I'd say there are 3 important points with cameras: The lens, the sensor and the processing of the sensor output, ie. the picture.
If you go for the compact cameras, they will typically have a 1/2.5" sensor (smallest sensor used in real cameras). I think the optimum number of megapixels for those currently lies around 5-7 MPs. With more MPs you risk more noise, as the individual pixels are smaller - they collect less light each, resulting in less signal compared to the circuit & sensor noise. For instance, a 5 year old (or so) 3MP Olympus UZ730 has very little noise at ISO 400 compared to a recent 10MP Canon G7 on which the 400 setting has limited value.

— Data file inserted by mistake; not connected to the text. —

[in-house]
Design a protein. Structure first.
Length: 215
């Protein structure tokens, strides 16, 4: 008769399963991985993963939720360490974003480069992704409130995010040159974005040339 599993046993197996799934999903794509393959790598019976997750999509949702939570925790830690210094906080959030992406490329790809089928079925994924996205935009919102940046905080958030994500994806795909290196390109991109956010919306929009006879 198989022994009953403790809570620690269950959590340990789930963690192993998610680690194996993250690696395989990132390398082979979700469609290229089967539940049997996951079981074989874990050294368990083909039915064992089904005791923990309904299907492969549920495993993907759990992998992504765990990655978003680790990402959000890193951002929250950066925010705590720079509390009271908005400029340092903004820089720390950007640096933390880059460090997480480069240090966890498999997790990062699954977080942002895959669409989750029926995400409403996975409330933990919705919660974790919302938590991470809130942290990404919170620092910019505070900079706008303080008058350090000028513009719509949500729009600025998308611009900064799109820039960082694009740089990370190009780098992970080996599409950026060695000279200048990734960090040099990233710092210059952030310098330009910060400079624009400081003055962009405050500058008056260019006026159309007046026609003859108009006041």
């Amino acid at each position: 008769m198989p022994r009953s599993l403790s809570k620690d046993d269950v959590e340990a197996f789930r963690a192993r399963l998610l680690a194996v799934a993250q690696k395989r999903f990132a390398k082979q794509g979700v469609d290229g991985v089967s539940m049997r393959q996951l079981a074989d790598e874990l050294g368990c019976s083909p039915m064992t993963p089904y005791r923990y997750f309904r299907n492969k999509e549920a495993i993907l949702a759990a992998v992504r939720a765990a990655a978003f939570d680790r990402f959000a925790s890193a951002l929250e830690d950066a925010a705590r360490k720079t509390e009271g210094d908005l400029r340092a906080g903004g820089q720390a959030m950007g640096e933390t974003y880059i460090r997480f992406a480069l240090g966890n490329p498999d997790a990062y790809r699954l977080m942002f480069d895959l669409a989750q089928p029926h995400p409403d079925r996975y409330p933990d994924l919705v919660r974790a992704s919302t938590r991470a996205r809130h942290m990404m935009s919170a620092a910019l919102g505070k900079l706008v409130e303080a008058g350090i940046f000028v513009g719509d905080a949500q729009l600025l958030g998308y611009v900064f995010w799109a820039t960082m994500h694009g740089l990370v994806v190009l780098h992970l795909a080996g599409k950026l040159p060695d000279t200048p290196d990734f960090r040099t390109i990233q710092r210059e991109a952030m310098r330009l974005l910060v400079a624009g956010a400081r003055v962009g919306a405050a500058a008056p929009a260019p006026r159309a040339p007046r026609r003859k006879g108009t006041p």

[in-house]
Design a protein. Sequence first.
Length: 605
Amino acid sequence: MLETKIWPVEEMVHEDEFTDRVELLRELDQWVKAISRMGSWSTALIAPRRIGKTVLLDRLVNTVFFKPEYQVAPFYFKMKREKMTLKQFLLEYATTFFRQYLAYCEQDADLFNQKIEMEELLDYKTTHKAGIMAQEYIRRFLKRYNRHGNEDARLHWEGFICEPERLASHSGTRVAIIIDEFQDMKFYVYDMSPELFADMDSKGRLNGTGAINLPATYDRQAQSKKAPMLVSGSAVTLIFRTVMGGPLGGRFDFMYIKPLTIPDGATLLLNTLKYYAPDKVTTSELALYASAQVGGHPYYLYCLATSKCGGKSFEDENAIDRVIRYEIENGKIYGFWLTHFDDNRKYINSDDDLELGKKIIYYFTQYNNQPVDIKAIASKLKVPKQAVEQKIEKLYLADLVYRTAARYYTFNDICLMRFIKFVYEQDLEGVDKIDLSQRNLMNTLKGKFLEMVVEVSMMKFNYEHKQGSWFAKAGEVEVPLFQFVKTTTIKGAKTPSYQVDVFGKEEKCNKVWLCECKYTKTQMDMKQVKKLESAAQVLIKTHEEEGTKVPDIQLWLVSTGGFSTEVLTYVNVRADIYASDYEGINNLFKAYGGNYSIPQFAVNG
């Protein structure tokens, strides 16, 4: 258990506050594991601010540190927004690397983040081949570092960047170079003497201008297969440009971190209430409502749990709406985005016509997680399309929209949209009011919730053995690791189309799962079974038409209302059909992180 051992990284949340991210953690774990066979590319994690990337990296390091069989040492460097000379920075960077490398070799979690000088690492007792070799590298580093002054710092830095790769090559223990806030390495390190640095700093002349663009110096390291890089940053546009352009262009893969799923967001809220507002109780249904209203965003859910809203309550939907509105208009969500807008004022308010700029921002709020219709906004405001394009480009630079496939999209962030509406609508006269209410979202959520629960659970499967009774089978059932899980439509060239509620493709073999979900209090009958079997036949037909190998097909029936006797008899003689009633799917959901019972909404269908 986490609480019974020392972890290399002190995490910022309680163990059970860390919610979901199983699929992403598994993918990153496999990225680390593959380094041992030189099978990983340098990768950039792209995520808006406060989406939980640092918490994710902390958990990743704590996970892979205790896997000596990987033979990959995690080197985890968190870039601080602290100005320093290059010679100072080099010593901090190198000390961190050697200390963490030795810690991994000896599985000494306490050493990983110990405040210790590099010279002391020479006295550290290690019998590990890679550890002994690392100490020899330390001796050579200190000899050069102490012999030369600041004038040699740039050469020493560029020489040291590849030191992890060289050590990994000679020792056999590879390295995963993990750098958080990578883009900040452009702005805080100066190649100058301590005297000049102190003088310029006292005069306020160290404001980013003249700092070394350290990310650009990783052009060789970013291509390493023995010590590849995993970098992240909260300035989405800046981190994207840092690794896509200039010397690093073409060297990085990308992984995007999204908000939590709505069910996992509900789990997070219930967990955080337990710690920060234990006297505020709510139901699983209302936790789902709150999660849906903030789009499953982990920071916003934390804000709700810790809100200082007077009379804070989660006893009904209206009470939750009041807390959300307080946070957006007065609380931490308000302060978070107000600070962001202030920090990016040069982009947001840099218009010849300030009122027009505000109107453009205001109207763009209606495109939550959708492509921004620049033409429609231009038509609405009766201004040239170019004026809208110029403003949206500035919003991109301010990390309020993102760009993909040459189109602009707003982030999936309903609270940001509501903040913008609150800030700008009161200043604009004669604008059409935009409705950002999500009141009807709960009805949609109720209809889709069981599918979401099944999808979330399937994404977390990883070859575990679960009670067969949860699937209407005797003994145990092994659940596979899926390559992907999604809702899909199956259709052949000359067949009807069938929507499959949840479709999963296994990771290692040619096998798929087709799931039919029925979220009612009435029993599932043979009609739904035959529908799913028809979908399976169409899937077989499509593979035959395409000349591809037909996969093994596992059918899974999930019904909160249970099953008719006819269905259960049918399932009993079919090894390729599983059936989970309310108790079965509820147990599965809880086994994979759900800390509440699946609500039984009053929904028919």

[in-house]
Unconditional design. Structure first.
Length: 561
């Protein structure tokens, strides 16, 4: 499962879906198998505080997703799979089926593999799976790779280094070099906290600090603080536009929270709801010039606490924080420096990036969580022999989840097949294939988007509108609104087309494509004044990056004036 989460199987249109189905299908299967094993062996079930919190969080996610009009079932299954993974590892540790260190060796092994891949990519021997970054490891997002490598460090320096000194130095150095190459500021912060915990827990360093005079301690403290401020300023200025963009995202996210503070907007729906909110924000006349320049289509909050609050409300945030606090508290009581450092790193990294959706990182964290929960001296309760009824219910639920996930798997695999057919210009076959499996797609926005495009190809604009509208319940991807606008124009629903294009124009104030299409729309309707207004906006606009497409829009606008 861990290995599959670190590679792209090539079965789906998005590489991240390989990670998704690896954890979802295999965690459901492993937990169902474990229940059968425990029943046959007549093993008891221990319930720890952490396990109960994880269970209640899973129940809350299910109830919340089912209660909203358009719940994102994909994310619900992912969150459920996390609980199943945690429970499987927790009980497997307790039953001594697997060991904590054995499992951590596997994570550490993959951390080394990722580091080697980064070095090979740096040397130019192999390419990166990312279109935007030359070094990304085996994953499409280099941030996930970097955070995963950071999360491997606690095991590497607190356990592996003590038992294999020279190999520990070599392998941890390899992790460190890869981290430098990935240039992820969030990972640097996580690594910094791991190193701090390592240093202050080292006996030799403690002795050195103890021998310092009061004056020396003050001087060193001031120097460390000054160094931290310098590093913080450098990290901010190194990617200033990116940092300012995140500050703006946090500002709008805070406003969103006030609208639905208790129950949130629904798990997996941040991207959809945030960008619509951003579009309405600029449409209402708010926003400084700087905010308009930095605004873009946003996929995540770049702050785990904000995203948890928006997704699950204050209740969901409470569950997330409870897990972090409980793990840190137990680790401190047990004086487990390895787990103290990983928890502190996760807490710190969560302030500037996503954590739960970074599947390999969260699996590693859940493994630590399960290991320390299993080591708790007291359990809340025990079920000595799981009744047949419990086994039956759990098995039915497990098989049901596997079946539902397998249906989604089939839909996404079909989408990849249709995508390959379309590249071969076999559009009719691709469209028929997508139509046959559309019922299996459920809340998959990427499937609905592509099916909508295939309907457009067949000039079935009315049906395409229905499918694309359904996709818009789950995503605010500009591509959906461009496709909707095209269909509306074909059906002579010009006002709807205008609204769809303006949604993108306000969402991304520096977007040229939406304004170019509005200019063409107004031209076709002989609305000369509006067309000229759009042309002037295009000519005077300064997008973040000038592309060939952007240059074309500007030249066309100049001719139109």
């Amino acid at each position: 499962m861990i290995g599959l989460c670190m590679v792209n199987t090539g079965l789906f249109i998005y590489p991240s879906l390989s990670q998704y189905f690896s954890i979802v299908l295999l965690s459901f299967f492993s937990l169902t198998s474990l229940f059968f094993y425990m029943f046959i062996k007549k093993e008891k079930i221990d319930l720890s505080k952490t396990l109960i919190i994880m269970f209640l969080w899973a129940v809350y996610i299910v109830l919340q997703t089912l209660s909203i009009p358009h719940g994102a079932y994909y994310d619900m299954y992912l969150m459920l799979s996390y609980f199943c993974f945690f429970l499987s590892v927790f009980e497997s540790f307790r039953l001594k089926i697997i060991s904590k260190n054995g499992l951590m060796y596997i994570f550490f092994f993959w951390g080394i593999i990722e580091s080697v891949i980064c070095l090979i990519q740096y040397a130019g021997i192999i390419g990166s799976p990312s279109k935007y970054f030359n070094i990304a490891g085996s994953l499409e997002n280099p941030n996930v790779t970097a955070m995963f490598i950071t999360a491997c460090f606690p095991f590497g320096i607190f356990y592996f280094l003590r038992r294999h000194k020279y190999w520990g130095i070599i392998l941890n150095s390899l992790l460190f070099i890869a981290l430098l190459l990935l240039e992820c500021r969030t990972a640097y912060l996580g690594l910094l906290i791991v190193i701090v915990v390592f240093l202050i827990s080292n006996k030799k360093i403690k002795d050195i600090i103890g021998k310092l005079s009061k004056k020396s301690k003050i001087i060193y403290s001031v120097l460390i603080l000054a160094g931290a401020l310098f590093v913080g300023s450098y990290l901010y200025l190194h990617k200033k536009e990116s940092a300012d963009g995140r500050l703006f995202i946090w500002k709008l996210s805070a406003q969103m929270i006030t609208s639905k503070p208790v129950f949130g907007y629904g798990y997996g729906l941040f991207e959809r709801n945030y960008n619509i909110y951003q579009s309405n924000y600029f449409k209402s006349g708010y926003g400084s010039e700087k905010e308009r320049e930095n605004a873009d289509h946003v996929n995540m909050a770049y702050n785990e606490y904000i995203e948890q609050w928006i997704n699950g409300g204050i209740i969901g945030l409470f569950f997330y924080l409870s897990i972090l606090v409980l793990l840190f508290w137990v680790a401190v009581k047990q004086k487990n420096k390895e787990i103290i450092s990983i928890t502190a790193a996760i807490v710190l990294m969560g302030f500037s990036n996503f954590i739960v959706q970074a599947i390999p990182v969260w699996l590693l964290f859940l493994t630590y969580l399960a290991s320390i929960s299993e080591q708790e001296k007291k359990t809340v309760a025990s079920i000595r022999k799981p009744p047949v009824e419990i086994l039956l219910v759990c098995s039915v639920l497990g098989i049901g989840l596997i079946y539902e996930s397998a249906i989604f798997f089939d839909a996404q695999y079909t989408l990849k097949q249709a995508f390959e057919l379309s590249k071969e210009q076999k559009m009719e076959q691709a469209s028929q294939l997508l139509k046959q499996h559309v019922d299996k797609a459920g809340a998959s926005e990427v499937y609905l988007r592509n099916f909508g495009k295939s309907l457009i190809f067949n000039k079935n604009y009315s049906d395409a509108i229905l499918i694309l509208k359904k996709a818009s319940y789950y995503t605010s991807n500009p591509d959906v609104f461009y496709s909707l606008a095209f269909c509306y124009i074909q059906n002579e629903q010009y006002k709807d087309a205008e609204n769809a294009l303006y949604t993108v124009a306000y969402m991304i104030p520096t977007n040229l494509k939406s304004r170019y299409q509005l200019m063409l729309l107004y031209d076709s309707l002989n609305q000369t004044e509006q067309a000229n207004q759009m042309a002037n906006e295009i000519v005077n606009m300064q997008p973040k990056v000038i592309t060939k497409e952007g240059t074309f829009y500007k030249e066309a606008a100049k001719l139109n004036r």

Dealing with this might in turn require more noise suppression processing in the camera (RAW mode for external processing is uncommon on compacts), which can tend to blur pictures a bit.
In the smallest cameras it is also difficult to make a lens small and cheaply enough, which is sharp enough to resolve that many pixels. At some point you just get the lens imperfections resolved in more detail. Professional SLR cameras have 24x36mm (full-frame) or half size sensors - much much larger, but still "only" 10-20 MPs.
Likewise, 18x zoom is indeed very impressive (have tried 10x - great for animals), but if you are interested in sharpness and uniform pictures, 5-8x zoom often fares better.
The Canon A710IS (7MP, 6x zoom) gets good critique, especially compared to its 10MP big brother, the G7. It also has an (emergency) optical viewfinder as a last resort and runs on two normal AA batteries.
With that slight criticism of today's compact digicams, I'd have to say that Olympus 510 sounds great.